On the Causes and Consequences of Deviations from Rational Behavior
Uwe Sunde and
Anthony Strittmatter ()
Papers from arXiv.org
This paper presents novel evidence for the prevalence of deviations from rational behavior in human decision making - and for the corresponding causes and consequences. The analysis is based on move-by-move data from chess tournaments and an identification strategy that compares behavior of professional chess players to a rational behavioral benchmark that is constructed using modern chess engines. The evidence documents the existence of several distinct dimensions in which human players deviate from a rational benchmark. In particular, the results show deviations related to loss aversion, time pressure, fatigue, and cognitive limitations. The results also demonstrate that deviations do not necessarily lead to worse performance. Consistent with an important influence of intuition and experience, faster decisions are associated with more frequent deviations from the rational benchmark, yet they are also associated with better performance.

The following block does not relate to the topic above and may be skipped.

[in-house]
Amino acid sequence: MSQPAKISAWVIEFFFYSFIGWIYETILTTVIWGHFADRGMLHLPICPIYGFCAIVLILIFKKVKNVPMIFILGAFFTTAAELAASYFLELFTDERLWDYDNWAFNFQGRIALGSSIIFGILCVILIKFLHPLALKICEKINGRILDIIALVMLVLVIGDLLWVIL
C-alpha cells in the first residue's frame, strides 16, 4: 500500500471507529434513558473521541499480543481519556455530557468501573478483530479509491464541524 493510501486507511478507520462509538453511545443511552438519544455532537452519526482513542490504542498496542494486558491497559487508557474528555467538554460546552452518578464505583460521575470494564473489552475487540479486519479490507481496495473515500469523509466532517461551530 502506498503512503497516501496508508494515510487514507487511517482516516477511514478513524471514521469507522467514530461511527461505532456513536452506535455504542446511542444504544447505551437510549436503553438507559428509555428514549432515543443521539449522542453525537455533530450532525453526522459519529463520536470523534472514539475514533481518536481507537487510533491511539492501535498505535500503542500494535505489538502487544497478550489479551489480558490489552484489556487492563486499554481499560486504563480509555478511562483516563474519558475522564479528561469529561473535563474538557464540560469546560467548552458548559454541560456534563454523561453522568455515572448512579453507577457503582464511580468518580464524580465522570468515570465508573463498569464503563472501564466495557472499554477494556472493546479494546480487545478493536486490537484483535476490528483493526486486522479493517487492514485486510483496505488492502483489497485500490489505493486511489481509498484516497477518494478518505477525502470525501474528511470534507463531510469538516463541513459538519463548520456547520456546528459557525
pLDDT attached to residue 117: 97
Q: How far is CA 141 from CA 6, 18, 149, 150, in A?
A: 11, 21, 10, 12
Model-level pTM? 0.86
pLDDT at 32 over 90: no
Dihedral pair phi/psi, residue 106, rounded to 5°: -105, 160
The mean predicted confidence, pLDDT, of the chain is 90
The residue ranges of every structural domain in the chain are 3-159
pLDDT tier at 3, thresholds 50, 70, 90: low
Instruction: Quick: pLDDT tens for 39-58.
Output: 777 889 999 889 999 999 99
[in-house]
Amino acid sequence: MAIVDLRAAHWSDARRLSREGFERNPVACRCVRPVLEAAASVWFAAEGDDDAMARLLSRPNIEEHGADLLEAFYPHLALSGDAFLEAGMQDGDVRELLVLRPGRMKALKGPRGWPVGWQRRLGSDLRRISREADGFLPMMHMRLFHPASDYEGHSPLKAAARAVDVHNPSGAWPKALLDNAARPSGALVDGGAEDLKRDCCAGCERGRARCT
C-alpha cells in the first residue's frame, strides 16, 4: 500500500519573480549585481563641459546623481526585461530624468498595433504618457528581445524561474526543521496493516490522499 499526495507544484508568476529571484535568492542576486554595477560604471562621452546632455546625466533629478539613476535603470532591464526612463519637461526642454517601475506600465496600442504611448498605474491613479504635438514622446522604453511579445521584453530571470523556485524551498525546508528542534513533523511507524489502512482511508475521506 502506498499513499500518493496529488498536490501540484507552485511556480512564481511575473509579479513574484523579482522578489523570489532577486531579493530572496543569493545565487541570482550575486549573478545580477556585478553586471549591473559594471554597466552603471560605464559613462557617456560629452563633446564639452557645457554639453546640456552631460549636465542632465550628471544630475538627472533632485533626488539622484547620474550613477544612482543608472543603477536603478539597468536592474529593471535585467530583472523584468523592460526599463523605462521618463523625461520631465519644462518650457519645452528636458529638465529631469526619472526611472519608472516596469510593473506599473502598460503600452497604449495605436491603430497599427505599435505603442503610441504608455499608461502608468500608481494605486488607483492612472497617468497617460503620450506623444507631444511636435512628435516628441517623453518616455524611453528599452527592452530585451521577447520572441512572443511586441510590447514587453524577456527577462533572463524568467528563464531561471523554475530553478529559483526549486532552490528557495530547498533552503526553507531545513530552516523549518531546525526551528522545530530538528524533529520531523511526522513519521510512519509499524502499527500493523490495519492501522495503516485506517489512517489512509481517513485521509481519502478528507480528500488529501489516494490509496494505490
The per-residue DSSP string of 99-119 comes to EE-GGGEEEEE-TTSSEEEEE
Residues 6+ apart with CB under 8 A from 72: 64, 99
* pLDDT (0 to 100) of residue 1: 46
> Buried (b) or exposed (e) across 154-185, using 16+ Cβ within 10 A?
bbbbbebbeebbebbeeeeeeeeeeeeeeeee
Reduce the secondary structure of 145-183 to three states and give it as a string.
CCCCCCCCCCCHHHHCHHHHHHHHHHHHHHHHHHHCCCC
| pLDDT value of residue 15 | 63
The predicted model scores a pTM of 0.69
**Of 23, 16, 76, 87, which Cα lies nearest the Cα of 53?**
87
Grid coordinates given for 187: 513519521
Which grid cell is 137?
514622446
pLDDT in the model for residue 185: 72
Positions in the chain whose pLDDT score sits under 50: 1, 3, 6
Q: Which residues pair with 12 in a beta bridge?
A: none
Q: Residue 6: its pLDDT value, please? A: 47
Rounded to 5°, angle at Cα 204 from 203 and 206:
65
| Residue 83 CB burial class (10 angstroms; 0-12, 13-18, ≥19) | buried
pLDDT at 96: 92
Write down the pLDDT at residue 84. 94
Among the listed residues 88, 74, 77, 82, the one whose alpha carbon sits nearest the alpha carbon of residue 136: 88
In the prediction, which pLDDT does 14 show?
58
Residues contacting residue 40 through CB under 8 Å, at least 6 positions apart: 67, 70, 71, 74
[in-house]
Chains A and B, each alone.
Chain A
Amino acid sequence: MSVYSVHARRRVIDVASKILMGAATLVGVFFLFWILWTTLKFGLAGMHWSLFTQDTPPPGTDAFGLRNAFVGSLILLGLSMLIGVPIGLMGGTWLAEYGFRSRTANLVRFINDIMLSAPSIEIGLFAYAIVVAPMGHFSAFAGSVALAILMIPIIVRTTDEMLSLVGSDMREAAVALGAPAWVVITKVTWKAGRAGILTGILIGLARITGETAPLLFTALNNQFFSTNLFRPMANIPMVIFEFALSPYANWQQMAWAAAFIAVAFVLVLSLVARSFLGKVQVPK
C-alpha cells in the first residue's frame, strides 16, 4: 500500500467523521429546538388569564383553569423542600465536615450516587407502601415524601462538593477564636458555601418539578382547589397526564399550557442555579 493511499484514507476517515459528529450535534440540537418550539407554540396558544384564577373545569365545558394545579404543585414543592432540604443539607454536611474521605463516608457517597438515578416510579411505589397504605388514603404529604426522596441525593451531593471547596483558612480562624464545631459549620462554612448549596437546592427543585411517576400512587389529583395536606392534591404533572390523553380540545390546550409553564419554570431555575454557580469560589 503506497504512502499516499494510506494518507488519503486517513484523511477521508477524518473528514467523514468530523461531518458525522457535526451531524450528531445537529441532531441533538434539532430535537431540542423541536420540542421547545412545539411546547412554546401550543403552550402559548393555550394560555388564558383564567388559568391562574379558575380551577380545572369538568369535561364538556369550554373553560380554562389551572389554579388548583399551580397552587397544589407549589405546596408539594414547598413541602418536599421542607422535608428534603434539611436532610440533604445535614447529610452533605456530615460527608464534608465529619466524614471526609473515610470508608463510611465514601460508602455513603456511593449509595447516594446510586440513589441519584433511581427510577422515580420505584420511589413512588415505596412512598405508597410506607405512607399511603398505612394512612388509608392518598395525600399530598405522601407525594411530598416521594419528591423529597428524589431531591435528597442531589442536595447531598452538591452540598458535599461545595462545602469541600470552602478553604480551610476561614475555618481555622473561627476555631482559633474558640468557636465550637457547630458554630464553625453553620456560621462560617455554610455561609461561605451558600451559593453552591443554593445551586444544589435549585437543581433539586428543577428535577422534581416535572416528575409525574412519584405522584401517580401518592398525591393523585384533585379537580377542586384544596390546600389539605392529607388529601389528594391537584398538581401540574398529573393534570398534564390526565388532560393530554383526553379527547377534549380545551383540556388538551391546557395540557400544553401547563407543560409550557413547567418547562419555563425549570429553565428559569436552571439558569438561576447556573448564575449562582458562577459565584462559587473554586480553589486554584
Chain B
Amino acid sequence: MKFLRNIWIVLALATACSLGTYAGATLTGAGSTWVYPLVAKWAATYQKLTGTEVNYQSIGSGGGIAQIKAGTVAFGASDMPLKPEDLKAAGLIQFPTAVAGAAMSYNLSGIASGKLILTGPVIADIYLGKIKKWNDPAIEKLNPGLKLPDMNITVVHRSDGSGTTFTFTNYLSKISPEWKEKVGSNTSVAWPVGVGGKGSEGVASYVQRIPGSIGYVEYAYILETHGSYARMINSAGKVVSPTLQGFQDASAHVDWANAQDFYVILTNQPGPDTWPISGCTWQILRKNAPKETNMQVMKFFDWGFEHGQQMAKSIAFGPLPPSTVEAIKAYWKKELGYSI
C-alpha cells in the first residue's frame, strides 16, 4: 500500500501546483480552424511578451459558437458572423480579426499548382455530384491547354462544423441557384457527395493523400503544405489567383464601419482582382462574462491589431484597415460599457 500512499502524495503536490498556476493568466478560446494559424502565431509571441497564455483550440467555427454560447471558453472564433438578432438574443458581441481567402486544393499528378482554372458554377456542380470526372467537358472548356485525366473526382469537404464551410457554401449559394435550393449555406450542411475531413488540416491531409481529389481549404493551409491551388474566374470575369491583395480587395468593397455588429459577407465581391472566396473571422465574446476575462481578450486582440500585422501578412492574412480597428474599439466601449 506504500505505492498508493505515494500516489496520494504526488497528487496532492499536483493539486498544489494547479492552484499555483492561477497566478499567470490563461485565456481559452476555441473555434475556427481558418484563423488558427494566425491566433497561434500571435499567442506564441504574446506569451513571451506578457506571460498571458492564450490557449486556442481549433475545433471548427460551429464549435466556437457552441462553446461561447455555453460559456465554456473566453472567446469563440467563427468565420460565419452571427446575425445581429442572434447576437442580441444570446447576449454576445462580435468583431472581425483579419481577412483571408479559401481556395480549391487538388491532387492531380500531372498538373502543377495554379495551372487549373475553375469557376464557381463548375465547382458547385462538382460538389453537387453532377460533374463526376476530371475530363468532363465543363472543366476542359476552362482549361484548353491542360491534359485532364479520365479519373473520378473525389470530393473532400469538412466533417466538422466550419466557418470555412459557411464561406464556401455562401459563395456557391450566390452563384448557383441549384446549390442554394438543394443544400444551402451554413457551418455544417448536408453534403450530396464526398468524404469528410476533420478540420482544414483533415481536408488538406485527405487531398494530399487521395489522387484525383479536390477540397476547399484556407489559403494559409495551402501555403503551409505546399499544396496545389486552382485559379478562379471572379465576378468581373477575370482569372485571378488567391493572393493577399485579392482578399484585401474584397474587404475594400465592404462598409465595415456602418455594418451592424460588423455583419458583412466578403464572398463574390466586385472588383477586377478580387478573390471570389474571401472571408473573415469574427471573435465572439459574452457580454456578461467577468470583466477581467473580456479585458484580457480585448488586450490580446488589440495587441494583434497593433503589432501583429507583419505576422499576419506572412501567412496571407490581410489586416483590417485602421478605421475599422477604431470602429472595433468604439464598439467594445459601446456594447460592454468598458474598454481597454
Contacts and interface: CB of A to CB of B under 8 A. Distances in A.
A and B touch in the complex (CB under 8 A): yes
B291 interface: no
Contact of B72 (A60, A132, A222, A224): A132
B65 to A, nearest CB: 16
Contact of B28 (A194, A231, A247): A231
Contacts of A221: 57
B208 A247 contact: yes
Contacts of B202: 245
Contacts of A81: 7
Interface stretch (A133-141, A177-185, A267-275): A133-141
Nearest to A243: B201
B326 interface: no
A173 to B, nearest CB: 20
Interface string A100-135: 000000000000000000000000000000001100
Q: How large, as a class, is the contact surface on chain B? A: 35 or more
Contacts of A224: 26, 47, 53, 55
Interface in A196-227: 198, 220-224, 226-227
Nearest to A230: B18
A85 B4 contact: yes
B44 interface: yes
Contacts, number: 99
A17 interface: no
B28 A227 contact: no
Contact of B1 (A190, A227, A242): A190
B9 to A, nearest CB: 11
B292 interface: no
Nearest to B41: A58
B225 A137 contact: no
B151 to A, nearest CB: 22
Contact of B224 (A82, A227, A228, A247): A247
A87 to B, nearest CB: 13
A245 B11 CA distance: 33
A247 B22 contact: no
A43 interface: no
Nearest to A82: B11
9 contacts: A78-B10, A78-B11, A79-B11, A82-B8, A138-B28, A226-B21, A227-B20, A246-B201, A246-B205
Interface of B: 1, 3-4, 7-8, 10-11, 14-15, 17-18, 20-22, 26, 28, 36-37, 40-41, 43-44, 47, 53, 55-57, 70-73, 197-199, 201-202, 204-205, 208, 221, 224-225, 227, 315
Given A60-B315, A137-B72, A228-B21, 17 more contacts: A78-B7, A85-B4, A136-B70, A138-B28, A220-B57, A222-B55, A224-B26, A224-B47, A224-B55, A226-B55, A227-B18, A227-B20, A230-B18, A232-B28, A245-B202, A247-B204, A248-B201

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Working Paper: On the Causes and Consequences of Deviations from Rational Behavior (2020)
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Persistent link: https://EconPapers.repec.org/RePEc:arx:papers:2005.12638
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